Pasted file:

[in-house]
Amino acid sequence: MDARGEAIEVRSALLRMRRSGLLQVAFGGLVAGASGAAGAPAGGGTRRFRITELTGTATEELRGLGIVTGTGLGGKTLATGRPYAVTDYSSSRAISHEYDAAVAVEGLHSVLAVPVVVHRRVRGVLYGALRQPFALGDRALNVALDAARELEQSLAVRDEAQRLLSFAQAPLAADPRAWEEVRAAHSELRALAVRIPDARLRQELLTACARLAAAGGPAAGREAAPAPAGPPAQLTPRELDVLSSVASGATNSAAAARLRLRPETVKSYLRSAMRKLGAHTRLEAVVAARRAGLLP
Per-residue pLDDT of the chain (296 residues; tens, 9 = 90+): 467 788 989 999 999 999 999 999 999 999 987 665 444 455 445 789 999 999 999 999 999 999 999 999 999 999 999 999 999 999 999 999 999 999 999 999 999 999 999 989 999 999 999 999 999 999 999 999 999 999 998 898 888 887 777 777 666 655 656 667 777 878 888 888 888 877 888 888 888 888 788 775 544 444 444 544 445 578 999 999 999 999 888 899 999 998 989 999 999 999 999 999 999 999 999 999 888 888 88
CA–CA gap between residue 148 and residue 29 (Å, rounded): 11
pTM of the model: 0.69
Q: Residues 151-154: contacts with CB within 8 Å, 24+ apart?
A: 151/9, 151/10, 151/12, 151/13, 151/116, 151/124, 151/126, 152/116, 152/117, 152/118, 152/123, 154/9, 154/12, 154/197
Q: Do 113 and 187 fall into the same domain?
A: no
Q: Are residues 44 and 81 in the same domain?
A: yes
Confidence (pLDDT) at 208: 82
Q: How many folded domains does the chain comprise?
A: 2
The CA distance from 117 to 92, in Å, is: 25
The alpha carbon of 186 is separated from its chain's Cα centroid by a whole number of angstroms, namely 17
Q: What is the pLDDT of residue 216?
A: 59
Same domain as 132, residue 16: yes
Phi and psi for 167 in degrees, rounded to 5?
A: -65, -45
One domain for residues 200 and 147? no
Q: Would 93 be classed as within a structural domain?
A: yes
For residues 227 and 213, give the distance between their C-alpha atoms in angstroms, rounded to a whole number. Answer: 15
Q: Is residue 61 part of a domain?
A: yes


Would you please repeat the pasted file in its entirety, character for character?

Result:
[in-house]
Amino acid sequence: MDARGEAIEVRSALLRMRRSGLLQVAFGGLVAGASGAAGAPAGGGTRRFRITELTGTATEELRGLGIVTGTGLGGKTLATGRPYAVTDYSSSRAISHEYDAAVAVEGLHSVLAVPVVVHRRVRGVLYGALRQPFALGDRALNVALDAARELEQSLAVRDEAQRLLSFAQAPLAADPRAWEEVRAAHSELRALAVRIPDARLRQELLTACARLAAAGGPAAGREAAPAPAGPPAQLTPRELDVLSSVASGATNSAAAARLRLRPETVKSYLRSAMRKLGAHTRLEAVVAARRAGLLP
Per-residue pLDDT of the chain (296 residues; tens, 9 = 90+): 467 788 989 999 999 999 999 999 999 999 987 665 444 455 445 789 999 999 999 999 999 999 999 999 999 999 999 999 999 999 999 999 999 999 999 999 999 999 999 989 999 999 999 999 999 999 999 999 999 999 998 898 888 887 777 777 666 655 656 667 777 878 888 888 888 877 888 888 888 888 788 775 544 444 444 544 445 578 999 999 999 999 888 899 999 998 989 999 999 999 999 999 999 999 999 999 888 888 88
CA–CA gap between residue 148 and residue 29 (Å, rounded): 11
pTM of the model: 0.69
Q: Residues 151-154: contacts with CB within 8 Å, 24+ apart?
A: 151/9, 151/10, 151/12, 151/13, 151/116, 151/124, 151/126, 152/116, 152/117, 152/118, 152/123, 154/9, 154/12, 154/197
Q: Do 113 and 187 fall into the same domain?
A: no
Q: Are residues 44 and 81 in the same domain?
A: yes
Confidence (pLDDT) at 208: 82
Q: How many folded domains does the chain comprise?
A: 2
The CA distance from 117 to 92, in Å, is: 25
The alpha carbon of 186 is separated from its chain's Cα centroid by a whole number of angstroms, namely 17
Q: What is the pLDDT of residue 216?
A: 59
Same domain as 132, residue 16: yes
Phi and psi for 167 in degrees, rounded to 5?
A: -65, -45
One domain for residues 200 and 147? no
Q: Would 93 be classed as within a structural domain?
A: yes
For residues 227 and 213, give the distance between their C-alpha atoms in angstroms, rounded to a whole number. Answer: 15
Q: Is residue 61 part of a domain?
A: yes